Four months after a group of New Trier High School lacrosse players battered at least one of their teammates, the school has dismissed the team’s longtime coach.
In June, school administrators told Tom Herrala, who coached with the Trevians for the past 25 seasons, he would not be returning to the program. In March, Herrala reportedly was placed on administrative leave that lasted the entirety of the 2022 season.
New Trier Athletic Director Augie Fontanetta explained that incumbent athletic coaches are reconsidered after each season, and after the spring season, he said, Herrala, was not asked to return. Calling the situation a “personnel matter,” Fontanetta would not comment further on Herrala or the school’s investigation into a March hazing incident in which at least one New Trier lacrosse player was beaten.
Herrala took over head coaching duties for the varsity Trevians in 2009. In his 12 seasons (no season in 2020) at the helm, Herrala’s teams won more than 200 games and seven state championships.
On March 5 of this year, a group of New Trier boys lacrosse players struck and kicked at least one of their teammates at an off-campus party. A portion of the hazing was recorded and circulated, as first reported by The Record on March 28.
Herrala said he began investigating the incident along with Fontanetta and other school administrators just a few days after the incident and prior to information surfacing about a digital recording of the beating.
Once the video recording began to circulate, both within and outside the community, the internal investigation intensified and so did involvement from Superintendent Dr. Paul Sally and Winnetka campus Principal Denise Dubravec, Herrala said. Additionally, the Winnetka Police Department investigated the incident but no charges were filed, according to The Record’s previous reporting.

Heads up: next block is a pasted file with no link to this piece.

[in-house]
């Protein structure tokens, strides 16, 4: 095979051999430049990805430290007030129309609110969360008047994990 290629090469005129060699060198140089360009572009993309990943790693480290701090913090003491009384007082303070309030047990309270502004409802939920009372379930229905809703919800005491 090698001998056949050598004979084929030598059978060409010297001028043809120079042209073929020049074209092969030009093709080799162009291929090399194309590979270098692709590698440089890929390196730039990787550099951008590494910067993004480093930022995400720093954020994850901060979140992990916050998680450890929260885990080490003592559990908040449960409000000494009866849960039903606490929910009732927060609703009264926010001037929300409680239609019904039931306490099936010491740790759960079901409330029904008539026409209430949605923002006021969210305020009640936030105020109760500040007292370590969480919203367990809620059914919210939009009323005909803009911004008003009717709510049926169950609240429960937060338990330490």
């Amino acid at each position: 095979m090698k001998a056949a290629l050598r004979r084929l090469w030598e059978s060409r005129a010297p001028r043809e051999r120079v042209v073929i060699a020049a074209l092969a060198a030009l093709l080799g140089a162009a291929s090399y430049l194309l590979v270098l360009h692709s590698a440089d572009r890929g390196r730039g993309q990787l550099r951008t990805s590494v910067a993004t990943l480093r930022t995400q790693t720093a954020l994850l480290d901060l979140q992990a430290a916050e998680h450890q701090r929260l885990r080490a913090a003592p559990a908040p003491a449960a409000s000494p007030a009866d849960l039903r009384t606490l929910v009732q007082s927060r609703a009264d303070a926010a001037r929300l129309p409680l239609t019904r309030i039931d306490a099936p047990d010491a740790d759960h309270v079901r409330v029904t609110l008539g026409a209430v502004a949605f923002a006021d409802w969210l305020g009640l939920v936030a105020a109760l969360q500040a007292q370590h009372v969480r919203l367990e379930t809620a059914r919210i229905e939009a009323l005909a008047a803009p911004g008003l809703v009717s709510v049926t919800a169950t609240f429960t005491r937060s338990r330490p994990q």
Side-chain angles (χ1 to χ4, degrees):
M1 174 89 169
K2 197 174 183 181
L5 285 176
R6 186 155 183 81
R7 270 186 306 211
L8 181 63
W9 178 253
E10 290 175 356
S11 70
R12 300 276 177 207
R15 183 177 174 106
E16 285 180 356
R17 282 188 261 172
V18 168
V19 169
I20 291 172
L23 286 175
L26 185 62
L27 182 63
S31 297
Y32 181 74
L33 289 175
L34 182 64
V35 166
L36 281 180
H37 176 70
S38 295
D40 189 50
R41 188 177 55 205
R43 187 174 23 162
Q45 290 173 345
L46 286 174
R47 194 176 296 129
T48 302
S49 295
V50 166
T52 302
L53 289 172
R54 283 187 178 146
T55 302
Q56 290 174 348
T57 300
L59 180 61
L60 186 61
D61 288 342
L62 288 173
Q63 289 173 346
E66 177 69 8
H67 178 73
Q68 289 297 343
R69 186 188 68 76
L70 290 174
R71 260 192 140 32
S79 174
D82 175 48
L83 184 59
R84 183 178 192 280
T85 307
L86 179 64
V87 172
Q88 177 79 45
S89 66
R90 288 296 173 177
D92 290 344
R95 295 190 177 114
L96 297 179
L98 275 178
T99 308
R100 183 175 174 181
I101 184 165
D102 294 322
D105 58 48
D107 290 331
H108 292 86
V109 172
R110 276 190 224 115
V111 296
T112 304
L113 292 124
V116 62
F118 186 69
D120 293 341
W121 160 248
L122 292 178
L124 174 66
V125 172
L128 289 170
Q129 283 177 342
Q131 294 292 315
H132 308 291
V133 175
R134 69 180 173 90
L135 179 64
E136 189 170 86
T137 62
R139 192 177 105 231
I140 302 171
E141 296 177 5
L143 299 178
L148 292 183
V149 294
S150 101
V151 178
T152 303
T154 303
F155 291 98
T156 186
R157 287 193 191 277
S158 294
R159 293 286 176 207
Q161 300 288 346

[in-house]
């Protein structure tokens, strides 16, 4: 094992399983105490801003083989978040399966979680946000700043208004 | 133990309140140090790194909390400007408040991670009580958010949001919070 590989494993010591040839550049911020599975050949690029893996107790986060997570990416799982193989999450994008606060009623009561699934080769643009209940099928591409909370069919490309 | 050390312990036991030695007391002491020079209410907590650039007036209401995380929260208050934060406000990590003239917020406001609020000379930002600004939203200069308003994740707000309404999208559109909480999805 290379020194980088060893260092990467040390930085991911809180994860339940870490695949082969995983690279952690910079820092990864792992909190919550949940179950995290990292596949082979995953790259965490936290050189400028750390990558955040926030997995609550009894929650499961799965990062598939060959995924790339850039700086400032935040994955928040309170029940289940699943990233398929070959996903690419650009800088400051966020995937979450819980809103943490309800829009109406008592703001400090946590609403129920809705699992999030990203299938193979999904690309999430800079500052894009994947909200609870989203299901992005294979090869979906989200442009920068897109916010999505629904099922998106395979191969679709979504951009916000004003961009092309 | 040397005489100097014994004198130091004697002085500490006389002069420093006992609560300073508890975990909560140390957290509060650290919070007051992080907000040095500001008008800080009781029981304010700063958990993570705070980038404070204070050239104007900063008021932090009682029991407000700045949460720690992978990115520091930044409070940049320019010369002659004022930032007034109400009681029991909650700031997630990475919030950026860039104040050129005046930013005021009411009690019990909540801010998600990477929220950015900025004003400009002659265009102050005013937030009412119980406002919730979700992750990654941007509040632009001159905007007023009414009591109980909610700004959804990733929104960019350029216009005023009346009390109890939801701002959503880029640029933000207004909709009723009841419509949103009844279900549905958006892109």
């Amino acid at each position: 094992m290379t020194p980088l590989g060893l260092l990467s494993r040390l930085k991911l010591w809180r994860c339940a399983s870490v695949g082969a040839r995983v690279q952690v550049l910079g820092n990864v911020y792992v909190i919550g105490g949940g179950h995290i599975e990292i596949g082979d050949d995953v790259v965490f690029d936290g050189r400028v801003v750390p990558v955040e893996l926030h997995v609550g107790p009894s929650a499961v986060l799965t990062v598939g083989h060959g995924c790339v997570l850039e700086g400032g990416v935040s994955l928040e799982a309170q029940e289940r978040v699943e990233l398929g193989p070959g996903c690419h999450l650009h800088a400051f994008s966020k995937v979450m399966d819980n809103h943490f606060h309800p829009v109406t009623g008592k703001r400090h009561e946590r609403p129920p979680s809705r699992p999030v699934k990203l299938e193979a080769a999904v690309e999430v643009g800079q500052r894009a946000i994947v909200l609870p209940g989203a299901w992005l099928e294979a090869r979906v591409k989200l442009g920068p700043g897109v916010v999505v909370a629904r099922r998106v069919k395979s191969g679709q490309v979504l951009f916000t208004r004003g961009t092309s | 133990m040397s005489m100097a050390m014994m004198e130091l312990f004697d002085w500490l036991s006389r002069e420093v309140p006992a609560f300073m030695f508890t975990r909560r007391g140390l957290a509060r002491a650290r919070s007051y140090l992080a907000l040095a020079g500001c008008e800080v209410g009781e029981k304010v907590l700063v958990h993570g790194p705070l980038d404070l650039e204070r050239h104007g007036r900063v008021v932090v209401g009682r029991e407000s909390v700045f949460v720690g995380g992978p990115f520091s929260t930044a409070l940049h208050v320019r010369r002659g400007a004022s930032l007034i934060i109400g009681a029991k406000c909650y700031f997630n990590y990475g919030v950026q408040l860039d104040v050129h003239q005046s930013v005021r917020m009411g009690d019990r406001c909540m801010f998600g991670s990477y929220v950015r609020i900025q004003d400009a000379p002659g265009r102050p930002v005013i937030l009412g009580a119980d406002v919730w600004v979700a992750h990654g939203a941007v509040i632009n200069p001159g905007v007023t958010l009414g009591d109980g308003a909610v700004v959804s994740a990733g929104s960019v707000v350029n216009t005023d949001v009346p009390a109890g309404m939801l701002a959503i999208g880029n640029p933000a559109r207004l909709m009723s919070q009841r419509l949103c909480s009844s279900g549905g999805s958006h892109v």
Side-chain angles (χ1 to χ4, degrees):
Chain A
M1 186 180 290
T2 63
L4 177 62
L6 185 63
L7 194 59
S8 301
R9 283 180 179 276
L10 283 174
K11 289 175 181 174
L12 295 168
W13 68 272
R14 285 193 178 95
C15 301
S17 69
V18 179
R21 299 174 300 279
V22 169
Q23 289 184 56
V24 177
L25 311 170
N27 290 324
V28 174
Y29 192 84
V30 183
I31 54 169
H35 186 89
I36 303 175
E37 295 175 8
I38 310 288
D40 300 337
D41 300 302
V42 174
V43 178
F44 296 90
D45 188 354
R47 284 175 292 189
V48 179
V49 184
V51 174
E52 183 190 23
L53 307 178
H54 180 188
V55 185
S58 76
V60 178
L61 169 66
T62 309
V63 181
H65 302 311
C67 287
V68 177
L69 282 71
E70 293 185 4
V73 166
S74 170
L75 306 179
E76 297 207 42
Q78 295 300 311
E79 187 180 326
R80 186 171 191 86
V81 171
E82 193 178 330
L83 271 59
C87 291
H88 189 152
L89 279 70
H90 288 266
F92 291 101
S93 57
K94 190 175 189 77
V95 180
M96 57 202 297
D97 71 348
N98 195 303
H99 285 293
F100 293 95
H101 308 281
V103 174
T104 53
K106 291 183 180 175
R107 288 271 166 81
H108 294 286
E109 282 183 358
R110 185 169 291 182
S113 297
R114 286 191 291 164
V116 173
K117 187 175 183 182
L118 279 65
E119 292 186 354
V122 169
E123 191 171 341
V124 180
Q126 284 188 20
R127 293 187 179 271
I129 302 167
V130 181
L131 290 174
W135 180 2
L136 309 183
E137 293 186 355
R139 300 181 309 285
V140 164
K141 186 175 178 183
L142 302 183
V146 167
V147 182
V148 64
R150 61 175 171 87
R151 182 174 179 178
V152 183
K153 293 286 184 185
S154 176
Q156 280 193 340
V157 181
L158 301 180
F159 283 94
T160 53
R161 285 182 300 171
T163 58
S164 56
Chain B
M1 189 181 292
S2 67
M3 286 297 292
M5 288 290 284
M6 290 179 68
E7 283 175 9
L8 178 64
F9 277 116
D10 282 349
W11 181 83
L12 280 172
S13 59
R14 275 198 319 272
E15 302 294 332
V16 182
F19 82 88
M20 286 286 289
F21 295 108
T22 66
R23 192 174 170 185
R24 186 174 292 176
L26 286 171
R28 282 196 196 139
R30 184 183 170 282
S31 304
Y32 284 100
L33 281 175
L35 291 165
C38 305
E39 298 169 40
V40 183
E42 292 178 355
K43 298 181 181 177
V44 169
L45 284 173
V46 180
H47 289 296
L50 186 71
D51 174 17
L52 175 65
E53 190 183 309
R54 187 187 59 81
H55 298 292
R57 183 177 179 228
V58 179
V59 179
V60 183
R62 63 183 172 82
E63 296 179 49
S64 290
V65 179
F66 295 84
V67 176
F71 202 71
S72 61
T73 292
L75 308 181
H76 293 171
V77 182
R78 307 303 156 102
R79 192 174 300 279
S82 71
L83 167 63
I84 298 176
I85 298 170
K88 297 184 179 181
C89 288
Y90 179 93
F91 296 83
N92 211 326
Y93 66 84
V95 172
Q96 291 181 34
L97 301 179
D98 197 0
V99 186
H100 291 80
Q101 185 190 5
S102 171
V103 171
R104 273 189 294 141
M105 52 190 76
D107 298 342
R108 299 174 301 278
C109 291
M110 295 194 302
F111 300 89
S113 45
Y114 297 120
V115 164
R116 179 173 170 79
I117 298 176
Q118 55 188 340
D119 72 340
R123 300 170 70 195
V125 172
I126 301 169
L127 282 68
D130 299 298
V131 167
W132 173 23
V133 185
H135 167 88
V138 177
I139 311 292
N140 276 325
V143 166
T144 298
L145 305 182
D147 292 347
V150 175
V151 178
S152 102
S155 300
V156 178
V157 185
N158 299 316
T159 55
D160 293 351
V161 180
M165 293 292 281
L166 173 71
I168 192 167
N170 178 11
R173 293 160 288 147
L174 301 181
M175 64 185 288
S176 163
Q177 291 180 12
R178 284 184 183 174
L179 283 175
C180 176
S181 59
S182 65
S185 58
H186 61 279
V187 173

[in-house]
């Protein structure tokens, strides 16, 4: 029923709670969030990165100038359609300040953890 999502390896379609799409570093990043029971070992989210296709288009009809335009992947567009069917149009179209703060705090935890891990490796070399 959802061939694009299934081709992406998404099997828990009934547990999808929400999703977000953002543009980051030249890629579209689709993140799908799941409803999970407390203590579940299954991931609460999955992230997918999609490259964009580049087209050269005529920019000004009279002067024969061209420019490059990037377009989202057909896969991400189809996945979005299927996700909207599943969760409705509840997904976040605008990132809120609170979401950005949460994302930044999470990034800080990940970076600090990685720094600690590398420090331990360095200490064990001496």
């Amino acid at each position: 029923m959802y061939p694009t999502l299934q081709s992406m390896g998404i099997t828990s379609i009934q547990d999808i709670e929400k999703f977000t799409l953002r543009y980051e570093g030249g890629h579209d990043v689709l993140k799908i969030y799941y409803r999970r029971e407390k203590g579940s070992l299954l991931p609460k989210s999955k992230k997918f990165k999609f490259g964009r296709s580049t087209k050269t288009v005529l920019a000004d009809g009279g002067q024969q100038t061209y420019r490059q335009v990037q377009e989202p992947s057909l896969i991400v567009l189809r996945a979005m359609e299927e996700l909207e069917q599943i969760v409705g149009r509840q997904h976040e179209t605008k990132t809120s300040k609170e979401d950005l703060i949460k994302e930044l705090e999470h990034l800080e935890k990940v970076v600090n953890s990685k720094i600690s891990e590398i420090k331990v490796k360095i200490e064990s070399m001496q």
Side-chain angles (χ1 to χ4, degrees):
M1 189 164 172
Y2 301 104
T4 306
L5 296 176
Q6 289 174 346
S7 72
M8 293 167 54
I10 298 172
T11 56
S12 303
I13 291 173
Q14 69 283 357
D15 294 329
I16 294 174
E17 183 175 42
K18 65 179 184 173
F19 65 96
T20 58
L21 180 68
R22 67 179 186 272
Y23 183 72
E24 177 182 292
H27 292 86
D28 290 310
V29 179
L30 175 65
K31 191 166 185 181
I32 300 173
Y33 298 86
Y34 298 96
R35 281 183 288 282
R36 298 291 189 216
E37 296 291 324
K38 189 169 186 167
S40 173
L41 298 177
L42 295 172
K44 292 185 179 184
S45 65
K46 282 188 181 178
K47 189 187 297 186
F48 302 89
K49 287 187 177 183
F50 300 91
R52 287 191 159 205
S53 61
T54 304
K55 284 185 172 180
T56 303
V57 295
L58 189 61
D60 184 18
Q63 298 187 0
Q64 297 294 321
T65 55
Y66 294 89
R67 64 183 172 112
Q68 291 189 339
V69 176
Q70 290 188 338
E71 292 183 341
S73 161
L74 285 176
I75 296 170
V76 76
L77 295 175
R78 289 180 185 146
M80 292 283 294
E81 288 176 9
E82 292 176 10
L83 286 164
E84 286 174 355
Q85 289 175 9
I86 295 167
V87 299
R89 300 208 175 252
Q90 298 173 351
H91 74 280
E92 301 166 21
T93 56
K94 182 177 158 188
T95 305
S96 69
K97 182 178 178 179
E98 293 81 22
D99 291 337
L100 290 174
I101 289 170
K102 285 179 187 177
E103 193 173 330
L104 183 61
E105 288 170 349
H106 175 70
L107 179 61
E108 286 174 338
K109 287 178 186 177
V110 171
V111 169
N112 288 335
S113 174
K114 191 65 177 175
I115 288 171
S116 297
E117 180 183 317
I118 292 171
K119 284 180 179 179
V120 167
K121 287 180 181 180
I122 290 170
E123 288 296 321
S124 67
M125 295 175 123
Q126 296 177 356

“It was horrible and it certainly was not what was described to me,” Herrala said of the actions depicted in the recording. “I was angry — angry that they would do that to one of their teammates.”
Herrala said he has no knowledge of violent hazing in the lacrosse program’s history.
News of the hazing video was picked up by media outlets across Chicagoland, and the school announced in an email to district parents on March 31 that the lacrosse team was banned from out-of-state tournaments (two on the schedule) and placed on probation.
The email from Dubravec, Fontanetta and Sally also states — though without details — that players involved in the hazing faced disciplinary action in accordance with the school’s code of conduct. The statement made no mention of Herrala, and school officials declined to comment further in a followup interview
When the season began, multiple Trevians players were on the sidelines, but Herrala was not. Coaching duties were assumed by assistant coaches Jason Schoenwetter, Adam Dickson and Paul Newman. Herrala told The Record his leave of absence began just before the season. Fontanetta would not comment on the reported administrative leave.
Herrala said the alleged leave of absence came as a surprise to him during a time in which he said he was actively helping with the school’s investigation. He said after he advocated to remove a player from the team for the player’s involvement in the hazing, Herrala was placed on leave. Fontanetta declined to comment.
During the season, Herrala said he met with school administration around spring break to talk about his future with the program; the decision to move on without Herrala, however, was made at the end of June, nearly a month after the season ended.
Herrala said he was disappointed in the investigation process, but declined to provide further details.
“Most importantly, I am proud of the men the players have become,” Herrala wrote in a letter to local lacrosse parents. “I hear from previous players decades later telling me how their time on the NT lacrosse team shaped them as people and prepared them to excel in life.
Herrala will remain the leader of Junior Trevians Lacrosse, a youth lacrosse program serving New Trier Township, including through the Wilmette Park District.
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